“This delivery marks an important program milestone for both PZL-Świdnik and the Philippine Air Force. The outstanding capabilities of the Sokol helicopter and its ability to perform a wide range of roles will further enhance the capabilities of the Philippine Air Force” said Nicola Bianco, Managing Director, PZL-Świdnik S.A.

    The Sokol choppers were transported from Jasionka Airport near Russia to Clark Air Base in Manila.

    The choppers arrived in the country on Monday morning via an Antonov cargo plane, the PAF said.

    It added that the Sokol choppers would be turned over to the 505th Search and Rescue Group, where other four delivered earlier.

    The helicopters, which have enough space for two pilots, two crewmen, three medical attendants and six rescued survivors, will be used for search and rescue missions.

  9. #9
    2 more US warships in PH

    By Frances Mangosing

    8:40 pm | Friday, October 26th, 2012

    Bath Iron Works shows a rendering of the DDG-1000 Zumwalt, the U.S. Navy’s next-generation destroyer, which has been funded to be built at Bath Iron Works in Maine and at Northrop Grumman’s shipyard in Pascagoula, Miss. The super-stealthy warship that could underpin the U.S. navy’s China strategy will be able to sneak up on coastlines virtually undetected and pound targets with electromagnetic “railguns” right out of a sci-fi movie. AP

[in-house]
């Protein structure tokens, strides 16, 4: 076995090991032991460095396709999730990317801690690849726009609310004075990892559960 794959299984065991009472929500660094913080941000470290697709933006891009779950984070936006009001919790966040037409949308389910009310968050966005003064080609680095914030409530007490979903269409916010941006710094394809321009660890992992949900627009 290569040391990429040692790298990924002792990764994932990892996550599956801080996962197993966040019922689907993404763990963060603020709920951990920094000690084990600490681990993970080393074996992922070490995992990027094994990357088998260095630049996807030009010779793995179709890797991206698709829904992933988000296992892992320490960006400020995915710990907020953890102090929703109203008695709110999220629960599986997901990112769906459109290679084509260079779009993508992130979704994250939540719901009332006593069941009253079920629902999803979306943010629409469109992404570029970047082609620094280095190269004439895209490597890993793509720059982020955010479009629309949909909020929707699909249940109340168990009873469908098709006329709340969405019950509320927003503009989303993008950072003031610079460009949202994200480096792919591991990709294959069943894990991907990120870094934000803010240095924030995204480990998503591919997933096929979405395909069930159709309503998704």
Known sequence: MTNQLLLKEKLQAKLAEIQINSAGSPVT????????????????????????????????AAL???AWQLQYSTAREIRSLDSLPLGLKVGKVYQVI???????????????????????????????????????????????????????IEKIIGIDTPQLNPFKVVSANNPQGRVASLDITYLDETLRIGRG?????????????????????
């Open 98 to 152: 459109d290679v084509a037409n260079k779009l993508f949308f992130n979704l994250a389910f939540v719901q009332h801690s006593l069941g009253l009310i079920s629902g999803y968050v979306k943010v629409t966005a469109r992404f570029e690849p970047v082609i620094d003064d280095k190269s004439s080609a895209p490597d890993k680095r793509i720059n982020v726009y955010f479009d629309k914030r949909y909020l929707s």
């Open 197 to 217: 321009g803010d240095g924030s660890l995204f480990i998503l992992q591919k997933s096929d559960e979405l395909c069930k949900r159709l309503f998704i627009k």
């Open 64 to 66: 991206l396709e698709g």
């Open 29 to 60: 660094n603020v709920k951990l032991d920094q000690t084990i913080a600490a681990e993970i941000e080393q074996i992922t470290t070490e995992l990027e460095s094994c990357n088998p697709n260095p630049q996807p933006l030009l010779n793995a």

MANILA, Philippines—Two more US warships are in the western part of the Philippines for a five-day goodwill visit amid military drills by China in disputed West Philippine Sea (South China Sea).

    Lieutenant Colonel Neil Estrella, spokesman of the Western Command, said the two guided missile destroyers — USS John McCain and USS Mustin– have been docked in Puerto Princesa in Palawan since Monday for a regular port call.

    The ships are part of the USS George Washington Carrier Strike Group, the largest US aircraft carrier docked in Manila Bay since Wednesday along with two escort ships, the USS McCampbell and USS Cowpens, also for a goodwill visit.

    It was not earlier declared by officials that USS John McCain and USS Mustin will be part of the USS George Washington’s entourage.